__metaclass__ = MyMeta

Python 3

class MyClass(metaclass=type):
class MyClass(MyBase, metaclass=MyMeta): 

Update Code

There are two main tools you can use to automatically update your code to Python 3 while keeping it compatible with Python 2: future and modernize. Each of these tools behaves somewhat differently: future works to make Python 3 idioms and best practices exist in Python 2, while modernize aims for a Python 2/3 subset of Python that uses the Python six module to improve compatibility.

Using these tools to handle the details of rewriting the code can help you identify and correct potential problems and ambiguities.

You can run the tool over your unittest suite to visually inspect and verify the code, and ensure that the automatic revisions made are accurate. Once the tests pass, you can transform your code.

From here, you will likely need to do some manual revision, especially targeting the changes between Python 2 and 3 noted in the section above.

Leveraging future, you should consider adding this import statement to each of your Python 2.7 modules:

from __future__ import print_function, division, absolute_imports, unicode_literals

While this will also lead to rewrites, it will ensure that your Python 2 code aligns with Python 3 syntax.

Finally, you can use the pylint package to identify any other potential issues in the code. This package contains hundreds of individual rules that cover a broad spectrum of problems that may occur, including PEP 8 style guide rules, as well as usage errors.

You may find that there are some constructs in your code that could potentially confuse pylint and tools used for automatic migration. If you can’t simplify these constructs, you’ll need to employ thorough unittest cases.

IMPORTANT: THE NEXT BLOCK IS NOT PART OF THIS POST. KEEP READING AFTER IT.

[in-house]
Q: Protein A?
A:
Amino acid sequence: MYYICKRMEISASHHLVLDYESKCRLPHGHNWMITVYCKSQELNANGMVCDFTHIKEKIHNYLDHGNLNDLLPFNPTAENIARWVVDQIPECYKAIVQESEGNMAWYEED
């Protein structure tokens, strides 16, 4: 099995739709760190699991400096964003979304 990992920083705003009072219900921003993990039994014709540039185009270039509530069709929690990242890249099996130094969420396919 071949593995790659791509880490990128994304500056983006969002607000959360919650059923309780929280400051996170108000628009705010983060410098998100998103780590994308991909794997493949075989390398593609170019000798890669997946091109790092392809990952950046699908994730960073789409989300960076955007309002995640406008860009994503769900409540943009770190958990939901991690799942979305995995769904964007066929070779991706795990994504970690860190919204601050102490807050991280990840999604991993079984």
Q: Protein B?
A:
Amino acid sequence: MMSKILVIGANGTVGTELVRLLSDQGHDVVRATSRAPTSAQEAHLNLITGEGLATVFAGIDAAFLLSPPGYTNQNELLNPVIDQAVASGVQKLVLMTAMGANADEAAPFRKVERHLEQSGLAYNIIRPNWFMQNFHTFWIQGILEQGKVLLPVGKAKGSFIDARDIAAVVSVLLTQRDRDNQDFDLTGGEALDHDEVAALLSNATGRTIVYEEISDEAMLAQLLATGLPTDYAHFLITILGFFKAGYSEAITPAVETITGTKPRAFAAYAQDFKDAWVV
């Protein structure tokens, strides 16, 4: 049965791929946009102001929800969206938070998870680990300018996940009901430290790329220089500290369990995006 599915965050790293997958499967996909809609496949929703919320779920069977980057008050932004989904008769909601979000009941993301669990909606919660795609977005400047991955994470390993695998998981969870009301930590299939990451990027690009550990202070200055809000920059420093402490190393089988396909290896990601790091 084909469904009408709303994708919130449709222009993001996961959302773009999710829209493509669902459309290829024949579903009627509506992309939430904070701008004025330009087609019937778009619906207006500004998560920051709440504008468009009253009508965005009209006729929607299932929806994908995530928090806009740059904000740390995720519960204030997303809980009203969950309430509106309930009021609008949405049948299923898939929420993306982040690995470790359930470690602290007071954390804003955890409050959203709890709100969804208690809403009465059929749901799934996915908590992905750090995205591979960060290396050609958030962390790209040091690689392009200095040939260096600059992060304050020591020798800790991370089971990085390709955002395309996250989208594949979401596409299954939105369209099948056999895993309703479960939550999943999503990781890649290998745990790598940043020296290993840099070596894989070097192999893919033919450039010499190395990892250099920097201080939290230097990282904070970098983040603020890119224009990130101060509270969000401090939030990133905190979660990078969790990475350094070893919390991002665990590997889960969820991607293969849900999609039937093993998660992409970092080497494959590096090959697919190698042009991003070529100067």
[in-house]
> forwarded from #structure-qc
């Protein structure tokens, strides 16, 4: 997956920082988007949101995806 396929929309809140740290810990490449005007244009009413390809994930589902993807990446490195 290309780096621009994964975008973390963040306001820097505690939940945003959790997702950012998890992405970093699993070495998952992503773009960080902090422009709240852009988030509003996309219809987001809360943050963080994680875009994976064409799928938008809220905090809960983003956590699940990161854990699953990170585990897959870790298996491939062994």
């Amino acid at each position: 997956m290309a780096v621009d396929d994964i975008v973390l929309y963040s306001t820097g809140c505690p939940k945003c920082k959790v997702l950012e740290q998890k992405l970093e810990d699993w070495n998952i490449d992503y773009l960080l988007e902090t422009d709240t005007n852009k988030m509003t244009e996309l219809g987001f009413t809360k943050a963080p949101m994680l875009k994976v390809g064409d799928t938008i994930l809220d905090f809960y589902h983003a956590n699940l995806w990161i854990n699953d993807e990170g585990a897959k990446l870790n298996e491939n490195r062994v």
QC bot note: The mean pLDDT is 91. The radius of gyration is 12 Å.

Continuous Integration

If you’re going to maintain your code for multiple versions of Python, you’ll need to remain vigilant about running and re-running your unittest suite through continuous integration (rather than manually) as often as possible on the code as you develop it.

If you make use of the six package as part of your Python 2 and 3 compatibility maintenance, you’ll need to use multiple environments for your testing.

One environment management tool you may consider using is the tox package, as it will check your package installs with different Python versions, run tests in each of your environments, and act as a frontend to Continuous Integration servers.


It is important to keep in mind that as more developer and community attention focuses on Python 3, the language will become more refined and in-line with the evolving needs of programmers, and less support will be given to Python 2.7. If you decide to maintain versions of your code base for both Python 2 and Python 3, you may have increasing difficulty with the former as it will receive fewer bugfixes over time.

It is worthwhile to look at projects that ported Python 2 to Python 3, including case studies such as Porting chardet to Python 3.

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This comment has been deleted

    I think you accidentally typed [ instead of { in the string formatting section. Should be:

    "{:d}/{:d}={:f}".format(355, 113, 355/113)

    instead of:

    "{:d}/[:d}={:f}".format(355, 113, 355/113)